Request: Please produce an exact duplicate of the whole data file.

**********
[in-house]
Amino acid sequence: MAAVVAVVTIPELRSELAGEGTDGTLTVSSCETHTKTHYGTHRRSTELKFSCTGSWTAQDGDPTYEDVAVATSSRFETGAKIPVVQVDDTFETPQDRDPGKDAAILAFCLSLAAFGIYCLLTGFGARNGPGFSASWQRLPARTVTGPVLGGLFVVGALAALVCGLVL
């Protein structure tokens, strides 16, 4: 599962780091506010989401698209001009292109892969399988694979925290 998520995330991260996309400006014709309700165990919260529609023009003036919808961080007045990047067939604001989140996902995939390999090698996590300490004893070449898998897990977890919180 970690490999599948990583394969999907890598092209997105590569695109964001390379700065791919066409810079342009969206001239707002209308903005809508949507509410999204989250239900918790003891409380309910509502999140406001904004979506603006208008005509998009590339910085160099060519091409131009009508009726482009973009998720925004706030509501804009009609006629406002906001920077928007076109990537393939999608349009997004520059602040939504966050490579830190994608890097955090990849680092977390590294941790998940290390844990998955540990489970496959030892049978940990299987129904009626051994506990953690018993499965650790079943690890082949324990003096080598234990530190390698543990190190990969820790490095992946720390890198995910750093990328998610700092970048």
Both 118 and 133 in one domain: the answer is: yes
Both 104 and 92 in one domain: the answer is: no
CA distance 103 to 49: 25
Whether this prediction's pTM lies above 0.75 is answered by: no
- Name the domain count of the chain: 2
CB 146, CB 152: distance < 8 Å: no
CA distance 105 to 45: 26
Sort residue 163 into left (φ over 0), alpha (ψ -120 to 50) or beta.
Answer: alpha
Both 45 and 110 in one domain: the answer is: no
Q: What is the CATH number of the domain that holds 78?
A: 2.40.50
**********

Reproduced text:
[in-house]
Amino acid sequence: MAAVVAVVTIPELRSELAGEGTDGTLTVSSCETHTKTHYGTHRRSTELKFSCTGSWTAQDGDPTYEDVAVATSSRFETGAKIPVVQVDDTFETPQDRDPGKDAAILAFCLSLAAFGIYCLLTGFGARNGPGFSASWQRLPARTVTGPVLGGLFVVGALAALVCGLVL
């Protein structure tokens, strides 16, 4: 599962780091506010989401698209001009292109892969399988694979925290 998520995330991260996309400006014709309700165990919260529609023009003036919808961080007045990047067939604001989140996902995939390999090698996590300490004893070449898998897990977890919180 970690490999599948990583394969999907890598092209997105590569695109964001390379700065791919066409810079342009969206001239707002209308903005809508949507509410999204989250239900918790003891409380309910509502999140406001904004979506603006208008005509998009590339910085160099060519091409131009009508009726482009973009998720925004706030509501804009009609006629406002906001920077928007076109990537393939999608349009997004520059602040939504966050490579830190994608890097955090990849680092977390590294941790998940290390844990998955540990489970496959030892049978940990299987129904009626051994506990953690018993499965650790079943690890082949324990003096080598234990530190390698543990190190990969820790490095992946720390890198995910750093990328998610700092970048």
Both 118 and 133 in one domain: the answer is: yes
Both 104 and 92 in one domain: the answer is: no
CA distance 103 to 49: 25
Whether this prediction's pTM lies above 0.75 is answered by: no
- Name the domain count of the chain: 2
CB 146, CB 152: distance < 8 Å: no
CA distance 105 to 45: 26
Sort residue 163 into left (φ over 0), alpha (ψ -120 to 50) or beta.
Answer: alpha
Both 45 and 110 in one domain: the answer is: no
Q: What is the CATH number of the domain that holds 78?
A: 2.40.50